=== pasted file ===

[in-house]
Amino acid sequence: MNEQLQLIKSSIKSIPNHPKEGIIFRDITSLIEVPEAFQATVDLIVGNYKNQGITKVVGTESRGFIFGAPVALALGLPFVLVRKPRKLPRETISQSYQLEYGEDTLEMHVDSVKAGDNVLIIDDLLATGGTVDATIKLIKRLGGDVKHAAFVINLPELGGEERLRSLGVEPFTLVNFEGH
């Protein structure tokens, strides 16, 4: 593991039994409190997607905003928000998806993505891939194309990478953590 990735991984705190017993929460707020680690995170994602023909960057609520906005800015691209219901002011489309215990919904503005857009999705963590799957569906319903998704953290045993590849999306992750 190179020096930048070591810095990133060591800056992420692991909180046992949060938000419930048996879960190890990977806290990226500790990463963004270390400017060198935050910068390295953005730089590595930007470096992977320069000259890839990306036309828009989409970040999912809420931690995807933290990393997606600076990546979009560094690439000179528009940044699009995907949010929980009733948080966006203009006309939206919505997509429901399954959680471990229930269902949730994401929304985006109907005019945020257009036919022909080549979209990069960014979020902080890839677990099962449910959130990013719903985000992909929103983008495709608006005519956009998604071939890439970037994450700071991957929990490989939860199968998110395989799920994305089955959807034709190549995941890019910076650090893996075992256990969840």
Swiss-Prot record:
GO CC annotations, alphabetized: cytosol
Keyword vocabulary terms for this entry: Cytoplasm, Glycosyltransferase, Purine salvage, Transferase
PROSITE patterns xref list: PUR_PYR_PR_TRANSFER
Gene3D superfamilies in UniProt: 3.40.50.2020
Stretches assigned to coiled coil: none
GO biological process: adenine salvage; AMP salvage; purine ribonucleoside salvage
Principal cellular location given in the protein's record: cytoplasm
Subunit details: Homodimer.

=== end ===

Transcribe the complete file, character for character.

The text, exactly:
[in-house]
Amino acid sequence: MNEQLQLIKSSIKSIPNHPKEGIIFRDITSLIEVPEAFQATVDLIVGNYKNQGITKVVGTESRGFIFGAPVALALGLPFVLVRKPRKLPRETISQSYQLEYGEDTLEMHVDSVKAGDNVLIIDDLLATGGTVDATIKLIKRLGGDVKHAAFVINLPELGGEERLRSLGVEPFTLVNFEGH
């Protein structure tokens, strides 16, 4: 593991039994409190997607905003928000998806993505891939194309990478953590 990735991984705190017993929460707020680690995170994602023909960057609520906005800015691209219901002011489309215990919904503005857009999705963590799957569906319903998704953290045993590849999306992750 190179020096930048070591810095990133060591800056992420692991909180046992949060938000419930048996879960190890990977806290990226500790990463963004270390400017060198935050910068390295953005730089590595930007470096992977320069000259890839990306036309828009989409970040999912809420931690995807933290990393997606600076990546979009560094690439000179528009940044699009995907949010929980009733948080966006203009006309939206919505997509429901399954959680471990229930269902949730994401929304985006109907005019945020257009036919022909080549979209990069960014979020902080890839677990099962449910959130990013719903985000992909929103983008495709608006005519956009998604071939890439970037994450700071991957929990490989939860199968998110395989799920994305089955959807034709190549995941890019910076650090893996075992256990969840």
Swiss-Prot record:
GO CC annotations, alphabetized: cytosol
Keyword vocabulary terms for this entry: Cytoplasm, Glycosyltransferase, Purine salvage, Transferase
PROSITE patterns xref list: PUR_PYR_PR_TRANSFER
Gene3D superfamilies in UniProt: 3.40.50.2020
Stretches assigned to coiled coil: none
GO biological process: adenine salvage; AMP salvage; purine ribonucleoside salvage
Principal cellular location given in the protein's record: cytoplasm
Subunit details: Homodimer.